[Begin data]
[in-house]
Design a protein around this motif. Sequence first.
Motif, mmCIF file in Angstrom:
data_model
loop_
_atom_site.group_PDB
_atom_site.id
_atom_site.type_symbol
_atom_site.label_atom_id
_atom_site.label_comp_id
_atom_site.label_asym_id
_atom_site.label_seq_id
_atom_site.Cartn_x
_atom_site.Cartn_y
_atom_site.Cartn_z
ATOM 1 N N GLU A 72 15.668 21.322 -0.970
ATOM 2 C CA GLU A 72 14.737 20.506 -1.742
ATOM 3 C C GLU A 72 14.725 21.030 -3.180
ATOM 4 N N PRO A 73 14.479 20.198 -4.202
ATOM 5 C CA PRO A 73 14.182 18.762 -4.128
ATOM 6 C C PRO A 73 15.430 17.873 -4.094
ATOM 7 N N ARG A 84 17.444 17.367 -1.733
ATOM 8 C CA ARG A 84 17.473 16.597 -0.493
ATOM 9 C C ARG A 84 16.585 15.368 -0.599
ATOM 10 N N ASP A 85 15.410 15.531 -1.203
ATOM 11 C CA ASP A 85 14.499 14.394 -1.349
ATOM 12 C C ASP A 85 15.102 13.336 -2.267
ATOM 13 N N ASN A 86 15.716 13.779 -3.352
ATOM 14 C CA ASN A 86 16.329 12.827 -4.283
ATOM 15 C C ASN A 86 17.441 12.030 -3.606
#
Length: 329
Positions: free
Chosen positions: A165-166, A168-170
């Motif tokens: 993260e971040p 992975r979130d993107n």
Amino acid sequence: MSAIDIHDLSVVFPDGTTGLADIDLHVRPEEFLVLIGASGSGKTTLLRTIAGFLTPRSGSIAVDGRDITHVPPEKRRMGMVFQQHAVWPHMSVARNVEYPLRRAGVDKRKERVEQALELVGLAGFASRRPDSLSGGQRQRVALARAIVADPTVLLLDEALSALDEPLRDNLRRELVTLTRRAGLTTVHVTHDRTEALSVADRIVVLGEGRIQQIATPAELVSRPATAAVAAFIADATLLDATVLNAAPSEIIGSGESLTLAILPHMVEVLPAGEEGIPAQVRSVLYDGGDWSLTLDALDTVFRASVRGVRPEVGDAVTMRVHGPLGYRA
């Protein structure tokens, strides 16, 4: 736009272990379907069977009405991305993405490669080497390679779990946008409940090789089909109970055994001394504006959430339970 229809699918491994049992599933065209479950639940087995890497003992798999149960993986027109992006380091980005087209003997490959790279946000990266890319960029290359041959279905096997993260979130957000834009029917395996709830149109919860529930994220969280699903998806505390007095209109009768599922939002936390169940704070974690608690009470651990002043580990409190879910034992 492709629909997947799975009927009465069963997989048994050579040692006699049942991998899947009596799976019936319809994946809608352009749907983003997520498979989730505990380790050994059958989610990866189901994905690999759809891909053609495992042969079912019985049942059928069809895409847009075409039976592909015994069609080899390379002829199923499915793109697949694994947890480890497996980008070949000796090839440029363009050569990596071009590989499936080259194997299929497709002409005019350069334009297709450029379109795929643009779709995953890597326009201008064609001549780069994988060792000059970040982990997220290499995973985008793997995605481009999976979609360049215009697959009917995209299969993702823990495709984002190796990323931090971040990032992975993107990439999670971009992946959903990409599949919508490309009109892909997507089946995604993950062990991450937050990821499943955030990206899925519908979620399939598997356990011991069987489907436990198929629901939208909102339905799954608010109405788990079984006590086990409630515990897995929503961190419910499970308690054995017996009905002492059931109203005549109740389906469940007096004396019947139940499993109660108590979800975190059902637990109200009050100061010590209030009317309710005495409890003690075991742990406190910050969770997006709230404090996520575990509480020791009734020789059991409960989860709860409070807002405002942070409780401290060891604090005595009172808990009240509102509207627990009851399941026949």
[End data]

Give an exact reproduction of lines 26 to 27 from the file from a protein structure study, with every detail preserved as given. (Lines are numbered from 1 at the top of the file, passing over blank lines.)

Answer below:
ATOM 11 C CA ASP A 85 14.499 14.394 -1.349
ATOM 12 C C ASP A 85 15.102 13.336 -2.267